Sunday, November 2, 2008

Curse of the Golden Flower

This could have been Zhang Yimou's finest film ever had it not been because of a minor flaw in the script. On a bright side, Curse of the Golden Flower is Zhang's visually most beautiful movie. After having tried to at least smartly entertain us with House of Flying Daggers, director Zhang Yimou (Hero) stays loyal to his newly built reputation and his first days as a director of the "Sixth Generation": giving us in a balanced way entertainment and sophistication.

Based on Cao Yu's (1910-1996) play Thunderstorm, the story takes place during the Tang Dynasty. On the eve of the Chong Yang Festival, the emperor (Chow Yun-Fat) and his second son, Prince Jai (Jay Chou), unexpectedly returns to the palace. The emperor wants to celebrate the holiday with his family. However, given the cold relation between the empress (Gong Li) and the emperor, the former secretly plans something to humiliate the latter and also to contribute to his downfall...

Unlike some of his movies from the 1990s, Zhang manages to set the tone right from the beginning with this story that takes place during the Tang Dynasty, a period of "glamour" and artistic ostentation. Thus, the movie follows the premise that behind gold and jade, there are rot and decay just to paraphrase an old Chinese proverb. Therefore, the movie actually evolves in a way that the main characters' secret are shown in order to illustrate the polarization that prevails within the Forbidden City.

However, the only thing that can be reproached to Curse of the Golden Flower is a mere plot hole. In fact, although the plot about the Emperor's first wife is used by the Empress as a tool of humiliation, we just never to thoroughly understand the back story between the Emperor and his first wife. Although the Empress has her own reason to want to prove that the Emperor has always been a bad husband and a liar, we just never understand what caused the "divorce" between the Emperor and his first wife. All in all, even though the movie wonderfully illustrates how divided (and dysfunctional) the Imperial family is, we get the feeling that some details are missing.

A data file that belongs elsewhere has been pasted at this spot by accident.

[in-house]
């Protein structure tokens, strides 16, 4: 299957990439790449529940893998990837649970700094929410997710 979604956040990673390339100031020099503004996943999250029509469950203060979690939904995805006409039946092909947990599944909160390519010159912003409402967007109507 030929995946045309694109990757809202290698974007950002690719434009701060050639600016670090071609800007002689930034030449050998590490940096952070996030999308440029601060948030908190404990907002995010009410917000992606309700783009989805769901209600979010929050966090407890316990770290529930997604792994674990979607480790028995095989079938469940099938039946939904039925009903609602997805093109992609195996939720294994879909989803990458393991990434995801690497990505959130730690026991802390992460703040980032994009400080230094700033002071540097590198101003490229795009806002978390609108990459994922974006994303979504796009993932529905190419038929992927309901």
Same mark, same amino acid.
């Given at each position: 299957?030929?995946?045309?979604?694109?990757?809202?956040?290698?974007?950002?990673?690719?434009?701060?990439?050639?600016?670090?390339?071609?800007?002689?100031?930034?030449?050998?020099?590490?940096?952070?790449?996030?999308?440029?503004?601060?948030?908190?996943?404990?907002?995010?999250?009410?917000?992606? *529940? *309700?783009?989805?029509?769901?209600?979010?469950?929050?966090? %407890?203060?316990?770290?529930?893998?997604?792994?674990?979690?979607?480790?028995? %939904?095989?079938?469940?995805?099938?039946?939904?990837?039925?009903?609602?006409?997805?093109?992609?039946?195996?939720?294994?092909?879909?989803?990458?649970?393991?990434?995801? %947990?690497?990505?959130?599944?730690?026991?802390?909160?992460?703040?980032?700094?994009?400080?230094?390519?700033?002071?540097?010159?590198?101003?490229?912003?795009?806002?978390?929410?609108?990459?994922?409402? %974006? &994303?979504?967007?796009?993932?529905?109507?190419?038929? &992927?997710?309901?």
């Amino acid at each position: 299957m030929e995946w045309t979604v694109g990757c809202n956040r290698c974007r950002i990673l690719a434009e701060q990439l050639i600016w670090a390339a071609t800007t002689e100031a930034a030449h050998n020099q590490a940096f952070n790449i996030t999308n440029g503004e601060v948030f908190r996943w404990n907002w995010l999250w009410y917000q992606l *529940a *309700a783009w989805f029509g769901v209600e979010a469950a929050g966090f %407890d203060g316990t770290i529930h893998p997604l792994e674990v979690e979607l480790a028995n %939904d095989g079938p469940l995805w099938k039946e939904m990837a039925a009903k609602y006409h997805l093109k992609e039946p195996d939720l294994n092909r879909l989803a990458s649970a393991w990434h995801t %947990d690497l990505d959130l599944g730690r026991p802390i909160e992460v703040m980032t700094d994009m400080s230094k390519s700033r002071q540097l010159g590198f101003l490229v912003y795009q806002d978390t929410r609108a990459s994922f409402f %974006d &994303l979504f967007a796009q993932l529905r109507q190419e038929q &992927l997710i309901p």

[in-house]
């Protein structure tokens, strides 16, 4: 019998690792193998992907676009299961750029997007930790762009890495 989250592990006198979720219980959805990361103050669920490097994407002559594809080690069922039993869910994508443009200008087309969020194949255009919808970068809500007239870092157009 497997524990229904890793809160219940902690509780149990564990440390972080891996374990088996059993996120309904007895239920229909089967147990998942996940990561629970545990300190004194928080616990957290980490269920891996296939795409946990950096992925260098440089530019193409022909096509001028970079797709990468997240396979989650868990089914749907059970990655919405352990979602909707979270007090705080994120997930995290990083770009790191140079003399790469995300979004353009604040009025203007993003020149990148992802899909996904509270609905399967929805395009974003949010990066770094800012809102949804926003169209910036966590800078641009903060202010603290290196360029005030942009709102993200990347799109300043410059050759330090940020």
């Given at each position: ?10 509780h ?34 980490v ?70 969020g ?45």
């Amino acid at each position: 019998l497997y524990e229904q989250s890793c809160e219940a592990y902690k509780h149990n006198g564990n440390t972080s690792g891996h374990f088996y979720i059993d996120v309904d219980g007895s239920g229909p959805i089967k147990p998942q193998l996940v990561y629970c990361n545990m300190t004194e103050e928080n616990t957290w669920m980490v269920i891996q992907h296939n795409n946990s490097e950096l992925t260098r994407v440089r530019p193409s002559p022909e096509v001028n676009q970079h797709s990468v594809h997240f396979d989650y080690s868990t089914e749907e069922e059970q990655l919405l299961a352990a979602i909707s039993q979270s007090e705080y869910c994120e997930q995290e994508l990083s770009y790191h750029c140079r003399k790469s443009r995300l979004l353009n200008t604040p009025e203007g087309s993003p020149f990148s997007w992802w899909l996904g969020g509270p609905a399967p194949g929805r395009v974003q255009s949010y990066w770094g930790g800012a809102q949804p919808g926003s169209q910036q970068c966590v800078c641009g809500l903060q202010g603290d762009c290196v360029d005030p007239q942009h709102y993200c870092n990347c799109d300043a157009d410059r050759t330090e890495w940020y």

Hopefully, the performance by the cast is top notch. While Chow Yun-Fat (The Killer) is authoritative on screen, Gong Li (Farewell my Concubine) plays with a lot of nuances a manipulative woman who lives without regretting what she does. Moreover, add to that the breathtaking cinematography by Zhao Xiaoding (House of Flying Daggers) that reminds us Christopher Doyle's (Hero) style. As strange as it might look, the cinematography slightly masked the bitter taste left by the movie's plot hole.

Finally, Curse of the Golden Flower could have been Zhang Yimou's finest movie. However, anyone who appreciated Zhang Yimou's movies from the 1990s movies shouldn't be too disappointed. As for those who are looking for a martial arts flick, this movie is not recommended for you for there are not a lot of action scenes.

Rating: 4/5


Curse of the Golden Flower
China/Hong Kong (2006)
Length: 114 minutes
Genre: Historical drama
Screenplay: Zhang Yimou, Wu Nan and Bian Zhihong
Starring: Chow Yun-Fat, Gong Li, Jay Chou, Liu Ye, Ni Dahong, Qin Junjie, Li Man and Chen Jin

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